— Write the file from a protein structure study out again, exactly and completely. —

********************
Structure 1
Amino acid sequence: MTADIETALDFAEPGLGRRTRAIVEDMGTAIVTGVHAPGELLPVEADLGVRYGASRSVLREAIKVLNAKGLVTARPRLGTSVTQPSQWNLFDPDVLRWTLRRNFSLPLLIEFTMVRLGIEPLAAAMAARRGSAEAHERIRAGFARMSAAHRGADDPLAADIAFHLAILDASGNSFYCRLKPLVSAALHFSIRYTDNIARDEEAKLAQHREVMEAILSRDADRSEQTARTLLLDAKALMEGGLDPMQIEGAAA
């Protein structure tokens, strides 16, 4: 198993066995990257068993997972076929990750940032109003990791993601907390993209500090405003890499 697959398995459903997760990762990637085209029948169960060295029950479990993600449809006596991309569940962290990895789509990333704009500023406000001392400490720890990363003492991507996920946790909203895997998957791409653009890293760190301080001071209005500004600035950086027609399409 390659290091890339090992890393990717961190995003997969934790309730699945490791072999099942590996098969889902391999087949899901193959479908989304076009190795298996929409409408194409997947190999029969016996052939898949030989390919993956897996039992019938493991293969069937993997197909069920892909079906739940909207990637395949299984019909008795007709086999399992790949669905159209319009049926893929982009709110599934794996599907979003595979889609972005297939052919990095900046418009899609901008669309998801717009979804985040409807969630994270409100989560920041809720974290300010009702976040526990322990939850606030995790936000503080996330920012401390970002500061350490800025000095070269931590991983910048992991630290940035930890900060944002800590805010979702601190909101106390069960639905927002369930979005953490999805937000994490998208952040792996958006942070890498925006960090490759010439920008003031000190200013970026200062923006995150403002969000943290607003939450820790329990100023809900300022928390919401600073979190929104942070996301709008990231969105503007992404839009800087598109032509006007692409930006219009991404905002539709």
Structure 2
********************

Structure 1
Amino acid sequence: MTADIETALDFAEPGLGRRTRAIVEDMGTAIVTGVHAPGELLPVEADLGVRYGASRSVLREAIKVLNAKGLVTARPRLGTSVTQPSQWNLFDPDVLRWTLRRNFSLPLLIEFTMVRLGIEPLAAAMAARRGSAEAHERIRAGFARMSAAHRGADDPLAADIAFHLAILDASGNSFYCRLKPLVSAALHFSIRYTDNIARDEEAKLAQHREVMEAILSRDADRSEQTARTLLLDAKALMEGGLDPMQIEGAAA
């Protein structure tokens, strides 16, 4: 198993066995990257068993997972076929990750940032109003990791993601907390993209500090405003890499 697959398995459903997760990762990637085209029948169960060295029950479990993600449809006596991309569940962290990895789509990333704009500023406000001392400490720890990363003492991507996920946790909203895997998957791409653009890293760190301080001071209005500004600035950086027609399409 390659290091890339090992890393990717961190995003997969934790309730699945490791072999099942590996098969889902391999087949899901193959479908989304076009190795298996929409409408194409997947190999029969016996052939898949030989390919993956897996039992019938493991293969069937993997197909069920892909079906739940909207990637395949299984019909008795007709086999399992790949669905159209319009049926893929982009709110599934794996599907979003595979889609972005297939052919990095900046418009899609901008669309998801717009979804985040409807969630994270409100989560920041809720974290300010009702976040526990322990939850606030995790936000503080996330920012401390970002500061350490800025000095070269931590991983910048992991630290940035930890900060944002800590805010979702601190909101106390069960639905927002369930979005953490999805937000994490998208952040792996958006942070890498925006960090490759010439920008003031000190200013970026200062923006995150403002969000943290607003939450820790329990100023809900300022928390919401600073979190929104942070996301709008990231969105503007992404839009800087598109032509006007692409930006219009991404905002539709």
Structure 2